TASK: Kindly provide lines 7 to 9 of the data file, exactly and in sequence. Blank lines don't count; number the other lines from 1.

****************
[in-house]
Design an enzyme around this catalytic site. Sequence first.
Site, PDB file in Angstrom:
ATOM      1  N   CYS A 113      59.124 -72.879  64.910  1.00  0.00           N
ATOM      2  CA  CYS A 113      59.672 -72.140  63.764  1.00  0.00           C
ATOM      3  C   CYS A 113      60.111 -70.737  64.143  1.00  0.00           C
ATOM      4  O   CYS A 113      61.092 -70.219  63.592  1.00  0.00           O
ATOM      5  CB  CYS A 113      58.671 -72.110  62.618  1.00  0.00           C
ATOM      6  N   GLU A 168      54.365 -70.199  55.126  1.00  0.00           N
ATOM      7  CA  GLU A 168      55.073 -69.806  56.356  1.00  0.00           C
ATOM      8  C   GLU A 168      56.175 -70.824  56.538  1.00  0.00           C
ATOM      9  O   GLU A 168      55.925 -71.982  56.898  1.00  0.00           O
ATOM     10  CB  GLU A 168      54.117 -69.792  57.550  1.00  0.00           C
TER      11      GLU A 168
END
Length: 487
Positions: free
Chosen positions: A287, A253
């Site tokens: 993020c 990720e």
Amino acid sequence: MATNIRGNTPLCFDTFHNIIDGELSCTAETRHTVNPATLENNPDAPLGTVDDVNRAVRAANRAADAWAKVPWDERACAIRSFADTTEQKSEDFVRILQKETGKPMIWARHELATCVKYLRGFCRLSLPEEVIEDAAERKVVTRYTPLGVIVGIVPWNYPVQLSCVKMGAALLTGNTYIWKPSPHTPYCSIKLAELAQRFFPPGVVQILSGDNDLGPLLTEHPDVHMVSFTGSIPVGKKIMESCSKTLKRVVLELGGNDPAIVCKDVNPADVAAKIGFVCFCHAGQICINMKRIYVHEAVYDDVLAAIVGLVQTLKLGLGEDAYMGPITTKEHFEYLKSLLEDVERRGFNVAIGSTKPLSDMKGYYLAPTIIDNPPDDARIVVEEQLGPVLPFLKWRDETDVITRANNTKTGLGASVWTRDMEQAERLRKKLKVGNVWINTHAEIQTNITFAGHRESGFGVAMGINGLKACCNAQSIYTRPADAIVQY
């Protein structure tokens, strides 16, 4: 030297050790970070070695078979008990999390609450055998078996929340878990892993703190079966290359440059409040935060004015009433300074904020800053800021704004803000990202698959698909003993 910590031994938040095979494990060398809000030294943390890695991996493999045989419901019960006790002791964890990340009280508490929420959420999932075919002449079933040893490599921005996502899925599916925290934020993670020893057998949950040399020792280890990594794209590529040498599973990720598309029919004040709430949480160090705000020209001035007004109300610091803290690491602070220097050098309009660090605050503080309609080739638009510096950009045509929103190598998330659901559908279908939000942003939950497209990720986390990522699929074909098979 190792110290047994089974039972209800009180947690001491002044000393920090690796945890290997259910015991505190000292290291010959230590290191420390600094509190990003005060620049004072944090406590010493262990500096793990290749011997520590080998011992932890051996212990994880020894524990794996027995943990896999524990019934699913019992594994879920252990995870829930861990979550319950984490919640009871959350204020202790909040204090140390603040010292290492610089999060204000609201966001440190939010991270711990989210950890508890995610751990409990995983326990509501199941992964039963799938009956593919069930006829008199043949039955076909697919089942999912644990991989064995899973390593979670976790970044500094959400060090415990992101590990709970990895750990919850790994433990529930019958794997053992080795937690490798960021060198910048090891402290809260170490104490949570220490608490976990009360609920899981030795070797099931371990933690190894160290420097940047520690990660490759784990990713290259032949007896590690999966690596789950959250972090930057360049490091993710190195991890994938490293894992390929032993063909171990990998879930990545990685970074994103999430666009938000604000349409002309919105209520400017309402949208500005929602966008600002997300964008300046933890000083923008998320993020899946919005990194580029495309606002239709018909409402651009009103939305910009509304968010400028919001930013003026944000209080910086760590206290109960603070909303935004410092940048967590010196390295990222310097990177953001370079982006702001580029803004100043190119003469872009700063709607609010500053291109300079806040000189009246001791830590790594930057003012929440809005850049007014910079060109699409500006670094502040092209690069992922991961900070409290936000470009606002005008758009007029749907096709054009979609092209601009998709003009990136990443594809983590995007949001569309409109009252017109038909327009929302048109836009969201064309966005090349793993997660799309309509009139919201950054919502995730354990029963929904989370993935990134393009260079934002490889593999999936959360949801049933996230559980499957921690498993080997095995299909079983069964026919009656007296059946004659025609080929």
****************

ATOM      4  O   CYS A 113      61.092 -70.219  63.592  1.00  0.00           O
ATOM      5  CB  CYS A 113      58.671 -72.110  62.618  1.00  0.00           C
ATOM      6  N   GLU A 168      54.365 -70.199  55.126  1.00  0.00           N